April 8 to May 4, 2011
The rediscovery of Dušan Makavejev, born in Belgrade in 1932, is currently underway in several countries. Of course, he was never completely forgotten: his modernist epic on Wilhelm Reich, WR: Mysteries of the Organism (1971) was regarded as an axiom of modern cinema upon its release and has continued to exert its influence ever since. But the actual richness of Makavejev's work, spanning more than four decades, is hardly known today, even by cinephiles. In collaboration with the Slovene Cinematheque, the Film Museum now presents his complete works for the first time in Austria, including three newly restored prints that the Film Museum has created for this occasion.
WR was a watershed moment in Makavejev's career: the constant quarrels with the authorities escalated to full-blown confrontations, the "Black Wave" of Yugoslavian cinema (some of whose central works belong to Makavejev) was shattered. Under threat of imprisonment, he saw no other choice but to leave the country – he said he was sentenced to "forced labor abroad." With Sweet Movie (1974), he managed to create another international succès de scandale; but his much more subtle works of the 1980s, made in Sweden (Montenegro), Australia (The Coca Cola Kid) and the USA (Manifesto), never gained the acclaim of his earlier Yugoslavian work. It seems that the West mainly perceived Makavejev as a corrosive critic of State Communism, while his analytical genius and anarchic humor always reached far deeper than that. Whether in the “eastern” Ljubavni slučaj (Love Affair, 1967) or the “western” Montenegro, whether in Nevinost bez zaštite (Innocence Unprotected, 1968) or The Coca Cola Kid, he always satirized ideological norms and established genres and images. But this quality was much more apparent to Western critics when it concerned their "official" ideological adversary. When the target of scorn became "us" (the West), critics declined to follow.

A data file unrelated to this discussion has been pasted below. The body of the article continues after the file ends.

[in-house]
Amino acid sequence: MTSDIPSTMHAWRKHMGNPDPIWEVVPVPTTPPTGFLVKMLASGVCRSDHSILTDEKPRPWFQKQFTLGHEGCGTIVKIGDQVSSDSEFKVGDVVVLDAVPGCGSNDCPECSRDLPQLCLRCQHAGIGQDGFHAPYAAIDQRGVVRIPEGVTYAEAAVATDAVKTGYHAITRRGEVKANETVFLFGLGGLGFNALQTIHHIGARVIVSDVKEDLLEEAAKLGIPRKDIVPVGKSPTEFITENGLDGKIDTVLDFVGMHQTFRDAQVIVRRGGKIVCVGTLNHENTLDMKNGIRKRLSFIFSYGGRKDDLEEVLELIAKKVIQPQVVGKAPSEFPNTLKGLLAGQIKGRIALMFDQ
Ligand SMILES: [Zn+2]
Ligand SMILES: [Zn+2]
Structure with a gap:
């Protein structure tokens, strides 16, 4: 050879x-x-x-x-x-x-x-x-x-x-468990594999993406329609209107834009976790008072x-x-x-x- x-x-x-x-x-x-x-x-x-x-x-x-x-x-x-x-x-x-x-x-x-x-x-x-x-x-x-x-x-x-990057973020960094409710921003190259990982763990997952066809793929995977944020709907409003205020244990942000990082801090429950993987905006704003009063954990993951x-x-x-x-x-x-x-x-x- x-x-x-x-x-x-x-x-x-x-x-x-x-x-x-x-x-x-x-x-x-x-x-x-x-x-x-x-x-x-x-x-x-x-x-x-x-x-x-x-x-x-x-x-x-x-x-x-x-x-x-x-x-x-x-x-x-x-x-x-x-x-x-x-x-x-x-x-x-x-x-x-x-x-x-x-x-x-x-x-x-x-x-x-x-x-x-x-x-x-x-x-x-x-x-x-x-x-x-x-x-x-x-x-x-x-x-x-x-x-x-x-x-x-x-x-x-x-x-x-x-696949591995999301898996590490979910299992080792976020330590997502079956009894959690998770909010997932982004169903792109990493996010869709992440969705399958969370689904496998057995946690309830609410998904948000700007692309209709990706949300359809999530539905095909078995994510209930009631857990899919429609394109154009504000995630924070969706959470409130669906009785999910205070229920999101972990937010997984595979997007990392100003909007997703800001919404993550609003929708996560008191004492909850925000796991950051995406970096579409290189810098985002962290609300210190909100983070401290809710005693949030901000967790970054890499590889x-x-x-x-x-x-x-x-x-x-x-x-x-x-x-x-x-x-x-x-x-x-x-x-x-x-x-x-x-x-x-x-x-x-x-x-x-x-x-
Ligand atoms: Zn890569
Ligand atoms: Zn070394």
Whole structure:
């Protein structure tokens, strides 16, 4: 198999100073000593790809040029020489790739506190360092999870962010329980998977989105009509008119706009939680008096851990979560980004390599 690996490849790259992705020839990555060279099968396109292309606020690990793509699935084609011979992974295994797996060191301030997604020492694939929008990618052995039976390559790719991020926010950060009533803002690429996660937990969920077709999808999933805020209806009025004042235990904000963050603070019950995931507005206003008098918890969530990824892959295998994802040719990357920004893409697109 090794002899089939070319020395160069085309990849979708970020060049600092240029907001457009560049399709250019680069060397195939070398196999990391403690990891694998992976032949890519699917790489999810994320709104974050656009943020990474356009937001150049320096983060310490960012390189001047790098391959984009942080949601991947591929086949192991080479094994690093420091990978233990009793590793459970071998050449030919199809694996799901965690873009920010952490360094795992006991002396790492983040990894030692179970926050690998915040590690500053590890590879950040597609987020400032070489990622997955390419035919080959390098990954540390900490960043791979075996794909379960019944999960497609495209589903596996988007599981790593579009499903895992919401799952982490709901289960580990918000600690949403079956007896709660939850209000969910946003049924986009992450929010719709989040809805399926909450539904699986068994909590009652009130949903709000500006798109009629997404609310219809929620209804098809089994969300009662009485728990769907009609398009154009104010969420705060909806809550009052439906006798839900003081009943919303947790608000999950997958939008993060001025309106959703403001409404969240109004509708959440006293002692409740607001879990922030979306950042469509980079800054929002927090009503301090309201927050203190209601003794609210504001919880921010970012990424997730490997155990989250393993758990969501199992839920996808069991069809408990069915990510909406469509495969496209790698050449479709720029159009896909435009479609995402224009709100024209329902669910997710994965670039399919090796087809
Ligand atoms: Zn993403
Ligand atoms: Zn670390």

Makavejev’s path to making films was similar to that of nearly all the other greats of Yugoslav cinema: he made amateur movies at local cinema clubs, proved himself with professionally made shorts and was finally given the chance to direct feature films. His career started in earnest in 1955: The Seal was a satire on the (unnatural) nature of bureaucracy – a dead man recalls all the seals that he came across in his earthly existence. Makavejev continued in a similarly cheerful vein: Don't Believe in Monuments (1958), Educational Fairy-Tale (1961) and Parade (1962) are fiercely mischievous reports on Yugoslavia’s contemporary mores, while Damned Holiday and Beekeeper's Scrapbook (both 1958) ferret out all sorts of peculiarities from traditional folk culture. These brilliant shorts show Makavejev's singular talent: he makes the ordinary disturbing and reveals the surrealism present in (socialist) realism.
When he completed his first feature film, Čovek nije tica (Man Is Not a Bird), in 1965, Makavejev was already a well-known quantity on the brink of international stardom. The equally lively and energetic follow-up, Love Affair, firmly established him on the map of modern world cinema. Still, he did not become an icon until his radical re-readings of history and politics in Innocence Unprotected and WR: Mysteries of the Organism: daring, penetrating and extravagant works using editing styles that, at the time, were completely his own. Obscure genre cinema collides with raw documentary materials, the Socialist classics are treated as comic strips, and the Brechtian example mutates into showy trash. Rarely since has Cinema been as stimulating and exhilarating, as sexy, as bold and mysterious at the same time.
Dušan Makavejev will be present for the first days of the retrospective and provide insights into his work in several public discussions. The retrospective is a joint project of the Austrian Film Museum and Slovenska Kinoteka in Ljubljana. With thanks to Dušan Makavejev, Jurij Meden and KulturKontakt Austria.
Photos 2011 - Dušan Makavejev